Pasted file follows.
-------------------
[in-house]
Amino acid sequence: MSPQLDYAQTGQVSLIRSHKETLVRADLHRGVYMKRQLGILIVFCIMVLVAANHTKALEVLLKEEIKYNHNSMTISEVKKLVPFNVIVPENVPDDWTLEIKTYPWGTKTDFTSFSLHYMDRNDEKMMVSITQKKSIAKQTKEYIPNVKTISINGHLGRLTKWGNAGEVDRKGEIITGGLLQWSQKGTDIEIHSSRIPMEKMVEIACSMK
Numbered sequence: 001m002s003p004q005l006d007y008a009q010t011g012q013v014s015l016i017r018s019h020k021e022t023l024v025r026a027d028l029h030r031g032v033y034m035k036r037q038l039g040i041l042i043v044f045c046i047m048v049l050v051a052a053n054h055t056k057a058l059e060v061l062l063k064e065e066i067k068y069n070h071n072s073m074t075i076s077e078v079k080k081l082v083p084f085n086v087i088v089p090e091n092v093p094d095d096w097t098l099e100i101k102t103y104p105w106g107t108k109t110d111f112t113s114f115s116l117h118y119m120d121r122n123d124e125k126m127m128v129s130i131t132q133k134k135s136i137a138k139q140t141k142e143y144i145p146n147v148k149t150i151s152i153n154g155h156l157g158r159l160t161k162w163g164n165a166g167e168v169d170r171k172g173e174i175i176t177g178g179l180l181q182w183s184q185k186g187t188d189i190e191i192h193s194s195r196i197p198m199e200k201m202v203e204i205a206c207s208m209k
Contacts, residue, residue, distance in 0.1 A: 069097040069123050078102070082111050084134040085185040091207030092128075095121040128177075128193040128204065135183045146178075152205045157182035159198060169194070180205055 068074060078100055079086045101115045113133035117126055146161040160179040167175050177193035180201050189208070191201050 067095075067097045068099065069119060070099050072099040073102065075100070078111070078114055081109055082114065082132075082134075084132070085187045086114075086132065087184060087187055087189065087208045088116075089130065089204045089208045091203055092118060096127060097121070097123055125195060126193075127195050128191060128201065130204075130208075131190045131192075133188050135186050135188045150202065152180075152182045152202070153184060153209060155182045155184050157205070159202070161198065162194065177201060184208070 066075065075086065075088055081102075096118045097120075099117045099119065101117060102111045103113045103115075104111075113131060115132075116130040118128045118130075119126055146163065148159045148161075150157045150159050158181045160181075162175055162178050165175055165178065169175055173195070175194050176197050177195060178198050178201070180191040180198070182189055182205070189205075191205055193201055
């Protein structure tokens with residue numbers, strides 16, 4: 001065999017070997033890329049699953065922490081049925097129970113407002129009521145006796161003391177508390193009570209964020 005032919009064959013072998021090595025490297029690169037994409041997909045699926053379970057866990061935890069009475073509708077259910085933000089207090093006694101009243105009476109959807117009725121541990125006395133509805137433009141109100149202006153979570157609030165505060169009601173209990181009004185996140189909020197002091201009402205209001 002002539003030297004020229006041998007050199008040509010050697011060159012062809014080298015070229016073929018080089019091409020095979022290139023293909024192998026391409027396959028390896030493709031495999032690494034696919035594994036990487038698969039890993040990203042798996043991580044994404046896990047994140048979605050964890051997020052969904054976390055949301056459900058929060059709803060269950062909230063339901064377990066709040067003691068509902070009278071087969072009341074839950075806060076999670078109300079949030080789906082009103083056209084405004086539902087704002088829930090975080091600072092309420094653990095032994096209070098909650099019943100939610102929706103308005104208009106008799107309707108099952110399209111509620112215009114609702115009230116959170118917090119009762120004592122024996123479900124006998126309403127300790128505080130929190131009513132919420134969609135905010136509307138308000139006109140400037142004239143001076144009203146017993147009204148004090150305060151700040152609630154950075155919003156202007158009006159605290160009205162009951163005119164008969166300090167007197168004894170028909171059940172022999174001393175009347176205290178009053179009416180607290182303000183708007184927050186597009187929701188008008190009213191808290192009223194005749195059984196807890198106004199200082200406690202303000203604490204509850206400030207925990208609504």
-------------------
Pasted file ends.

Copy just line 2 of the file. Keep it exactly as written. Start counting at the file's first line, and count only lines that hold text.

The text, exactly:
Amino acid sequence: MSPQLDYAQTGQVSLIRSHKETLVRADLHRGVYMKRQLGILIVFCIMVLVAANHTKALEVLLKEEIKYNHNSMTISEVKKLVPFNVIVPENVPDDWTLEIKTYPWGTKTDFTSFSLHYMDRNDEKMMVSITQKKSIAKQTKEYIPNVKTISINGHLGRLTKWGNAGEVDRKGEIITGGLLQWSQKGTDIEIHSSRIPMEKMVEIACSMK